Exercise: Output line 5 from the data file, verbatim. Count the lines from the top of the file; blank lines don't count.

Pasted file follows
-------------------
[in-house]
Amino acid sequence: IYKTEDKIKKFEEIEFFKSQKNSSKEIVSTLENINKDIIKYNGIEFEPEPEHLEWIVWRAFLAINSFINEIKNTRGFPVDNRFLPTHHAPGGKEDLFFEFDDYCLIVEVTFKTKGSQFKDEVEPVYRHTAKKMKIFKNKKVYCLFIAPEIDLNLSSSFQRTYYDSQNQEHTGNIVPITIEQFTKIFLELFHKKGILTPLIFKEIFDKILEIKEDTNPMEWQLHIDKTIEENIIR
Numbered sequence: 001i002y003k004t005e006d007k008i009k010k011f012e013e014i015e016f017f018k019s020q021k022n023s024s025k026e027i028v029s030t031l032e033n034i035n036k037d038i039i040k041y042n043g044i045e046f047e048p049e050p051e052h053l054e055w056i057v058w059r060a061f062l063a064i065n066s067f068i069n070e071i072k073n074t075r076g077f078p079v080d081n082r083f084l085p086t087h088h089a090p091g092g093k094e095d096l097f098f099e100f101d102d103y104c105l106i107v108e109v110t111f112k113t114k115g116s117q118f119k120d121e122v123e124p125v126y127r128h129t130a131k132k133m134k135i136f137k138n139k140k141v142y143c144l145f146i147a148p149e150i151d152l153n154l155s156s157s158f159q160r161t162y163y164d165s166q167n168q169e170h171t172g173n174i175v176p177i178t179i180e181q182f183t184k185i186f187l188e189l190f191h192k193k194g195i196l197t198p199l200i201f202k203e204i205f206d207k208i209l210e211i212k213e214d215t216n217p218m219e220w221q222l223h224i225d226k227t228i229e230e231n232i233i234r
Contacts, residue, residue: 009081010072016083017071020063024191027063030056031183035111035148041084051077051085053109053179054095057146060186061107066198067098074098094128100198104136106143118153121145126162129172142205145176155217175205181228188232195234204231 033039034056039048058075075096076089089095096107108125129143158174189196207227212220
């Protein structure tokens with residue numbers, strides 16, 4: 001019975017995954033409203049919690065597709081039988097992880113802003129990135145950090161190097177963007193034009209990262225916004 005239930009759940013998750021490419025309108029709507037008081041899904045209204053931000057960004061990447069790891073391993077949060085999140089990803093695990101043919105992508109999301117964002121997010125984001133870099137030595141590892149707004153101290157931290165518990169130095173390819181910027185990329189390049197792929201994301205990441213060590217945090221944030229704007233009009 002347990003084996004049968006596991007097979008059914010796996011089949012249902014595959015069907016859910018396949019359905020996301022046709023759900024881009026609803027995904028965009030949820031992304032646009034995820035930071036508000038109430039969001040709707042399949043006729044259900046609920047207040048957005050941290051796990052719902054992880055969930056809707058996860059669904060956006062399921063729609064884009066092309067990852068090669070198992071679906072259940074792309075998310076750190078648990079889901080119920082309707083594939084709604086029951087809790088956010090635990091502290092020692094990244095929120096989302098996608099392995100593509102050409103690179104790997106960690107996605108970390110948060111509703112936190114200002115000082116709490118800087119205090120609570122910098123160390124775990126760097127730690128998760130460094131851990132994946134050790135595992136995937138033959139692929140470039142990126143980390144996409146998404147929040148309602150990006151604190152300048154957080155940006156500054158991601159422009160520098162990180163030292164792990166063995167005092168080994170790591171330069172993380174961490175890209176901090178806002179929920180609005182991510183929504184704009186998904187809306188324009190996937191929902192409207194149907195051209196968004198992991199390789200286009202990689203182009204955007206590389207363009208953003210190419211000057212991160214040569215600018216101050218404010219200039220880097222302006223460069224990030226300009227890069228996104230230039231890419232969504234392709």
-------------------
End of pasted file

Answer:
């Protein structure tokens with residue numbers, strides 16, 4: 001019975017995954033409203049919690065597709081039988097992880113802003129990135145950090161190097177963007193034009209990262225916004 005239930009759940013998750021490419025309108029709507037008081041899904045209204053931000057960004061990447069790891073391993077949060085999140089990803093695990101043919105992508109999301117964002121997010125984001133870099137030595141590892149707004153101290157931290165518990169130095173390819181910027185990329189390049197792929201994301205990441213060590217945090221944030229704007233009009 002347990003084996004049968006596991007097979008059914010796996011089949012249902014595959015069907016859910018396949019359905020996301022046709023759900024881009026609803027995904028965009030949820031992304032646009034995820035930071036508000038109430039969001040709707042399949043006729044259900046609920047207040048957005050941290051796990052719902054992880055969930056809707058996860059669904060956006062399921063729609064884009066092309067990852068090669070198992071679906072259940074792309075998310076750190078648990079889901080119920082309707083594939084709604086029951087809790088956010090635990091502290092020692094990244095929120096989302098996608099392995100593509102050409103690179104790997106960690107996605108970390110948060111509703112936190114200002115000082116709490118800087119205090120609570122910098123160390124775990126760097127730690128998760130460094131851990132994946134050790135595992136995937138033959139692929140470039142990126143980390144996409146998404147929040148309602150990006151604190152300048154957080155940006156500054158991601159422009160520098162990180163030292164792990166063995167005092168080994170790591171330069172993380174961490175890209176901090178806002179929920180609005182991510183929504184704009186998904187809306188324009190996937191929902192409207194149907195051209196968004198992991199390789200286009202990689203182009204955007206590389207363009208953003210190419211000057212991160214040569215600018216101050218404010219200039220880097222302006223460069224990030226300009227890069228996104230230039231890419232969504234392709």